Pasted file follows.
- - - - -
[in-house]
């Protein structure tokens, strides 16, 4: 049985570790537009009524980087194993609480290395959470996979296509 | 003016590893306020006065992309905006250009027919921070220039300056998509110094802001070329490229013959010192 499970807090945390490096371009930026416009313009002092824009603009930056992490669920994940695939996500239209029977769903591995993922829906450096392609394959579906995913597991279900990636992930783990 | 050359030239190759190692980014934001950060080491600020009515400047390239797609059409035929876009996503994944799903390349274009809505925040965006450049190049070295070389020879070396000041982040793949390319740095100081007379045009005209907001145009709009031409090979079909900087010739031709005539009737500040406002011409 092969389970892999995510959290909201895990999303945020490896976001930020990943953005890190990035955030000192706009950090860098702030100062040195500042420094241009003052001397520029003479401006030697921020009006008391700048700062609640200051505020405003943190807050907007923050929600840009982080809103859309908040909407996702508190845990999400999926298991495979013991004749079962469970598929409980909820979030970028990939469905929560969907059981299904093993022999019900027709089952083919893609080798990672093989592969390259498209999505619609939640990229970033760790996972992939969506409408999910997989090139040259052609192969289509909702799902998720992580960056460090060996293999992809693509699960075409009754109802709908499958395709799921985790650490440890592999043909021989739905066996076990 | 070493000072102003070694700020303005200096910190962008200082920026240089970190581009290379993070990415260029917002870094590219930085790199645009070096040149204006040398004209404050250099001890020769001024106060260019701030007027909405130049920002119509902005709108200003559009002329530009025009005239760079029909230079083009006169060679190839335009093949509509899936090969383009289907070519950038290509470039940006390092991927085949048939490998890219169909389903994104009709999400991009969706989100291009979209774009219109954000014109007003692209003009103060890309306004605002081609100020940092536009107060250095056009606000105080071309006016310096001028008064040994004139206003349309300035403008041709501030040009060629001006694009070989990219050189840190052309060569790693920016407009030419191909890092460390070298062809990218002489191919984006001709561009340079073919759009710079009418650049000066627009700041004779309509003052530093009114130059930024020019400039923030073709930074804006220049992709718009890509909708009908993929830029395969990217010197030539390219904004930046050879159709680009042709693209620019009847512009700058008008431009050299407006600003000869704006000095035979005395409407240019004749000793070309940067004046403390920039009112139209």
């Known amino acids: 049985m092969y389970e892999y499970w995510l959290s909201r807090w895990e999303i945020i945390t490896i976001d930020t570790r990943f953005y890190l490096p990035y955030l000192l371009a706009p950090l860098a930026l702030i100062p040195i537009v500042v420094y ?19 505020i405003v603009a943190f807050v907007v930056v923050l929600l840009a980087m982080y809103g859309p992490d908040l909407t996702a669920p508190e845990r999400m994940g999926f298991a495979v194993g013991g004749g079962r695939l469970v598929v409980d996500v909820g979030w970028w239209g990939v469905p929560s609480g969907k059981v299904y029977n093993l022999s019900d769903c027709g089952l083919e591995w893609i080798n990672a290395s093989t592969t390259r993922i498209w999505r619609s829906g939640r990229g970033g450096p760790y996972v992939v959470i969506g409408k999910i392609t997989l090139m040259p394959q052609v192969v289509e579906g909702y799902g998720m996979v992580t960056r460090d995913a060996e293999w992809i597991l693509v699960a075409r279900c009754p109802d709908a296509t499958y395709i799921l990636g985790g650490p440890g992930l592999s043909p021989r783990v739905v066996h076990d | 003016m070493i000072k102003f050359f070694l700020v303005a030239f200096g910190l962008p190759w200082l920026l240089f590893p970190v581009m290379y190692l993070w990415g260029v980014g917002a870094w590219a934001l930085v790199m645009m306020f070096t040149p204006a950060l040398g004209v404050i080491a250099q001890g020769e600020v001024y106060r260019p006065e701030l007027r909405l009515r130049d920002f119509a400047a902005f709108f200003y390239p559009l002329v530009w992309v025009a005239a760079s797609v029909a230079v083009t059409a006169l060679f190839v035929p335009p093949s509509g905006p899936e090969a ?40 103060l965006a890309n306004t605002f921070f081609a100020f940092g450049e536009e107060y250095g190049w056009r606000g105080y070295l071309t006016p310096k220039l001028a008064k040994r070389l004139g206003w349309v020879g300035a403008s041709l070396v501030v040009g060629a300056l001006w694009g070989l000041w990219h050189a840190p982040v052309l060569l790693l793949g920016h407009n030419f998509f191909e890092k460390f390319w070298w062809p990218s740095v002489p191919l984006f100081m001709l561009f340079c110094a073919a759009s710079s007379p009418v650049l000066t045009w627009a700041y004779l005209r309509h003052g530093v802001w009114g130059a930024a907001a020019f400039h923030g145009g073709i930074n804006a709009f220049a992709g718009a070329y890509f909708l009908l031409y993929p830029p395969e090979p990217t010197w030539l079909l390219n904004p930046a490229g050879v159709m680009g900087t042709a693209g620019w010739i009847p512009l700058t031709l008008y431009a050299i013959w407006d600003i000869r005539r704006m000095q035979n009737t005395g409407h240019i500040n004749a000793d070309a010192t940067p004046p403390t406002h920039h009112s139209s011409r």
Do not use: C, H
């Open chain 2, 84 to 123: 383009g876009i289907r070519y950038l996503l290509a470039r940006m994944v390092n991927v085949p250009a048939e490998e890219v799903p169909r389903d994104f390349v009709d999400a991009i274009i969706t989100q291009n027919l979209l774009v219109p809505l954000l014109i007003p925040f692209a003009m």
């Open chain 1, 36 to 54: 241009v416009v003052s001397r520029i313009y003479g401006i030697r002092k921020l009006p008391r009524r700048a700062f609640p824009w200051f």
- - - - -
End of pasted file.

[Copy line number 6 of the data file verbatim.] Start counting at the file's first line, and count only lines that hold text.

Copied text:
């Open chain 1, 36 to 54: 241009v416009v003052s001397r520029i313009y003479g401006i030697r002092k921020l009006p008391r009524r700048a700062f609640p824009w200051f």